2. It does not help unbelievers to dilute our witness. We must make a positive statement to those who worship idols.
3. It does not help weak believers who are sensitive about these things and who are wondering what is the right thing to do.
4. It does not help God who wants us to be trophies of His grace by showing loving, spiritual concern for others.
Verse 24, "his own (literally, 'the thing of himself')... another's (literally, 'the thing of the other')"
The word "wealth" is not in the Greek text. The question is, to what does the word "thing" refer? According to verse 23 it is the thing that edifies another. So it is not so much an object, as if we are to seek something material, or spiritual. Rather, we are to seek actions and attitudes that build up the spiritual life of another. The idea is we must not seek our rights before the law if it conflicts with the edification of another.
At this point we should say a few things to avoid possible confusion. Paul expects the readers to make an assumption when they read this verse. If we expand the first part of this verse to say, "Let no man seek his own, selfishly disregarding others," the idea would be more clearer. It is certainly not against God's will to seek our own things, if it is in the sense of I Tim. 4:16 in which our spiritual growth is the objective. But it is not God's will to seek our own if it is in the sense that we do what we want, regardless of what difficulties it might cause for others. This second case is the idea of this verse and is similar to Chapter 8. So there may be an honorable and godly goal which we desire for ourselves. But the verse is focusing upon the heart attitude that governs our action in seeking that goal.
This verse really echoes the eternal conflict illustrated by the lives of King Ahab and Naboth (I Kings 21). What do people of the world do when another person interferes with their attainment of what they seek? In keeping with the context in this chapter, we can narrow the question a little. What do people with a worldly focus do when someone weak or someone in need makes demands upon them that interrupt their own pursuit of personal achievement? Their reaction is either to turn on them like a pack of dogs who smell blood or ignore them out of fear of losing something themselves.
The root problem is the heart. Do we have a heart that matches God's heart? Does our heart motivate us to act like God acts (John 15:13; Rom. 5:8; Phil. 2:5-8)? This verse is distinctly Christian. True believers never seek their own without regard to others. This was exemplified by Jesus Christ Himself. It is God's repeated Word to us (Matt. 22:39).
These verses provide an illustration of the point made in verse 24. We can think of these verses as a little drama in which verses 25 and 26 set the stage and cast, and verses 27 and 28 are two possible scripts taken from experiences the Corinthians would recognize.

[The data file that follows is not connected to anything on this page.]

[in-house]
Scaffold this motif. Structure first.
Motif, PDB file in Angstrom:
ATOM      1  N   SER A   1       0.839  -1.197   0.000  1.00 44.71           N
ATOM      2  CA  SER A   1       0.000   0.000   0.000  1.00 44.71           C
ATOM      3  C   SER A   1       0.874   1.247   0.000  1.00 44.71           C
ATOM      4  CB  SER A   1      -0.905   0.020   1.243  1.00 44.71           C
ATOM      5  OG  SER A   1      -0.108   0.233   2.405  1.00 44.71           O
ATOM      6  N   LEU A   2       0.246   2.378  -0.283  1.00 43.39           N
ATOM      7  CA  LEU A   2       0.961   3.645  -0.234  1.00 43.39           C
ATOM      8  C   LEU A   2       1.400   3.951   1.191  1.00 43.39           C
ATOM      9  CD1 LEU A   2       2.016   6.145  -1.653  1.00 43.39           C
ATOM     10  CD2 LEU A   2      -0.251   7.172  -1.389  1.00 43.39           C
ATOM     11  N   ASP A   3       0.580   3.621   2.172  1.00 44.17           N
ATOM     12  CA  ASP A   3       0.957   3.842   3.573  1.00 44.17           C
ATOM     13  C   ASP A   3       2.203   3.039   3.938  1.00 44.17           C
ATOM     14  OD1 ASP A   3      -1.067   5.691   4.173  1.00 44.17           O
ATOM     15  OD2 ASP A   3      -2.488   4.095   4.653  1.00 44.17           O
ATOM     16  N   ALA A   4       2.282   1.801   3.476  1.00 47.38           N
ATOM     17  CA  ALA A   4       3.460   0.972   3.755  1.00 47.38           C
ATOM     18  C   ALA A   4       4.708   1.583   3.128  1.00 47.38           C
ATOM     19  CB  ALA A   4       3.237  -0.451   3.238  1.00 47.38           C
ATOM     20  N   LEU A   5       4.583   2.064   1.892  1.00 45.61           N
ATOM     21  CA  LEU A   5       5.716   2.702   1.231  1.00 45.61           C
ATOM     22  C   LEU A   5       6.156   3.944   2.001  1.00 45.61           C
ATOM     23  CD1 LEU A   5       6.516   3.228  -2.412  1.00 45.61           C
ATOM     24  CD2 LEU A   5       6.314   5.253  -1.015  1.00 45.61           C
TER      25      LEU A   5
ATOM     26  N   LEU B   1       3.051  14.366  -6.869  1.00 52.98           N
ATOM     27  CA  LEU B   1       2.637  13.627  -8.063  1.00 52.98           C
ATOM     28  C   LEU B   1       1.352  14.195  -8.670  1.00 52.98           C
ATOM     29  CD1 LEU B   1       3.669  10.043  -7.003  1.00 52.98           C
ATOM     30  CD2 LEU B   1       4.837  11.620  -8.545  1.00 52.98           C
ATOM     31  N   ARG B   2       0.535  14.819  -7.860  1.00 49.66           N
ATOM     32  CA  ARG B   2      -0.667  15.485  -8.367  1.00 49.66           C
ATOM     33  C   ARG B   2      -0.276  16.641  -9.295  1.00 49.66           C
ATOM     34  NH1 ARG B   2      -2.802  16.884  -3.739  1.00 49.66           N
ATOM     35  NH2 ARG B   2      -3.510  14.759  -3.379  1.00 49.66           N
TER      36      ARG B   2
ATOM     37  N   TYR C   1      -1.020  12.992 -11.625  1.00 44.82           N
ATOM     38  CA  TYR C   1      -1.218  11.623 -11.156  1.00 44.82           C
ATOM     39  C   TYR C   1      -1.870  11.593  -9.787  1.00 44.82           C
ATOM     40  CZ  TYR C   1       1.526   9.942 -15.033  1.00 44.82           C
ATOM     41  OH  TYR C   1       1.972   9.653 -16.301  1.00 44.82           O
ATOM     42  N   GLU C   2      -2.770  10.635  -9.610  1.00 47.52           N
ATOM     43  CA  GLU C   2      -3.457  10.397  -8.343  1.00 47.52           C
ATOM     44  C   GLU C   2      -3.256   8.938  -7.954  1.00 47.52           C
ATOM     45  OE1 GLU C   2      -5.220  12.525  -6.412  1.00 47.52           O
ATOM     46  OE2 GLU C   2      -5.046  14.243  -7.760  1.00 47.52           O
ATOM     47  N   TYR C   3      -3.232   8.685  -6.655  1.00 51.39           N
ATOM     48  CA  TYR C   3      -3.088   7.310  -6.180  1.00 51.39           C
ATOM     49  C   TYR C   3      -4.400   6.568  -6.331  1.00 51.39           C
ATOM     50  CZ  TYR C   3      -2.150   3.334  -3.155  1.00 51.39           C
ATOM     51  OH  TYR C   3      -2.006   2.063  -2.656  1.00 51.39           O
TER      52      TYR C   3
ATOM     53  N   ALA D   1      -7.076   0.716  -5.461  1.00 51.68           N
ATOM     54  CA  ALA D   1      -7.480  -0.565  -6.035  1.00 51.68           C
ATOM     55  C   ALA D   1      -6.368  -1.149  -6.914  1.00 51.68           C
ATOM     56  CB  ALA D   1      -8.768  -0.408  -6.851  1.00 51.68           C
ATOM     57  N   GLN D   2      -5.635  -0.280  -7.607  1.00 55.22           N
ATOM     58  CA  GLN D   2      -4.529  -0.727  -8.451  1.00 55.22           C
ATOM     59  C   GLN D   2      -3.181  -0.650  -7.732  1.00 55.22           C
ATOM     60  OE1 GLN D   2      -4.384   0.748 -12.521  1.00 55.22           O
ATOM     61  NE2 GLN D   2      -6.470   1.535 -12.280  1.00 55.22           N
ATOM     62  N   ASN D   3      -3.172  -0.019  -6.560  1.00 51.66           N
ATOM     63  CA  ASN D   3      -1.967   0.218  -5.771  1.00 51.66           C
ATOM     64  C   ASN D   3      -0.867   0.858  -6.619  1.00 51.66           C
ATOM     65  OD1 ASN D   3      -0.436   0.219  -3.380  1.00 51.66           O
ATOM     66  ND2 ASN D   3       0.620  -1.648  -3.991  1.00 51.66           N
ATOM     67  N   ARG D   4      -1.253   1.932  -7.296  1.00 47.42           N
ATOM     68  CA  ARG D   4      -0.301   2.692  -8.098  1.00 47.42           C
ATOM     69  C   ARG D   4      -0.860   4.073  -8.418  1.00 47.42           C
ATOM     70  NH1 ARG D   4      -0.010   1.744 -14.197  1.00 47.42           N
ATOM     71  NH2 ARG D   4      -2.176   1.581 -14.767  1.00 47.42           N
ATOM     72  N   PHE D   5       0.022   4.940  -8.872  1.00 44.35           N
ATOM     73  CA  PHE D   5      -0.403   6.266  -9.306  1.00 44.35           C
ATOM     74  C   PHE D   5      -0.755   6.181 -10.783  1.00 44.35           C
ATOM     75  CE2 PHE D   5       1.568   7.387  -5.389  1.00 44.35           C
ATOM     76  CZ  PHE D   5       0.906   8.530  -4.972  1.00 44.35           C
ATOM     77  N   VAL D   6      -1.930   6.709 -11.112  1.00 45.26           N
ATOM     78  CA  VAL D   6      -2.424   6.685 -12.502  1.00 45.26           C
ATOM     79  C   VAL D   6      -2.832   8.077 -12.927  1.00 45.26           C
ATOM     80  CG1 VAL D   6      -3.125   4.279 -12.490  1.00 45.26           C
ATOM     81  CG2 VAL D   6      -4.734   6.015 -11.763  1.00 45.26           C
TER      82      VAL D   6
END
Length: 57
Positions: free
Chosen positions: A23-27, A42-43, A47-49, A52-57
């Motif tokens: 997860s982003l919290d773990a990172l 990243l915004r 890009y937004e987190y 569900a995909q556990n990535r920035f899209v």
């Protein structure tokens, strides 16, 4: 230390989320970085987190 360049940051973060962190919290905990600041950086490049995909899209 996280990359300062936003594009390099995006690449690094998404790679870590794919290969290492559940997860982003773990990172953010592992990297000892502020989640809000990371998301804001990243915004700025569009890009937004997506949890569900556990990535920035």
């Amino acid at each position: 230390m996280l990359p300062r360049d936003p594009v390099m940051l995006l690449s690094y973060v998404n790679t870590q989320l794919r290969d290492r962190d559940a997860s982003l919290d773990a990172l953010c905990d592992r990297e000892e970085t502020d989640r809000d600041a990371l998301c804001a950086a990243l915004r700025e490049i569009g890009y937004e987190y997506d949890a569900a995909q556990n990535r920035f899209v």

Verse 25, "shambles"
This word, makello, means "marketplace." The historical situation referred to here is that food was being served by some members of the congregation to their guests. But the food had origins that were suspect. The food was probably food that had been part of the ceremonial worship to some idol. After the ceremony it was probably sold in the marketplace to make money for the heathen temple (see Chapter 8).
Whose conscience? Verse 29 shows it is the conscience of another weaker brother, who is the guest.
There are three people in the drama described in verses 25 through 29. First, there is the host who had served the food which may have been earlier part of an idol ceremony. Second, there is a church member whose conscience is troubled because he somehow has reason to wonder about the food that is served. The host cannot be the same person as the one with the weak conscience. The host is the one serving the meat previously offered to idols. He would never include in a meal something which is a problem for himself. Third, there is the "you" of verse 27 who is a strong Christian and realizes that verse 26 is true.
Verse 26 quotes Psalm 24:1 which is repeated in verse 28 for a different reason. In verse 26, the Psalm is quoted to support the idea we must be concerned for another's conscience. We who are saved know that Psalm 24 is true. The Psalm asks "who is the King of Glory?" We know that it is certainly nothing in this world. Neither idols nor anything else are King (I Cor. 8:4). As the Psalm says, everything belongs to God. Idols who do not really exist own nothing. So it is alright if we eat or do not eat something. Our King has given all things to us to eat (I Tim. 4:4). We can eat or not eat with out any personal spiritual liability (I Cor. 8:8). Therefore, we can refrain for other reasons, namely, for the sake of another conscience. We can afford to give up our liberty for another person who might think certain foods have religious implications and has not yet learned what Psalm 24 teaches.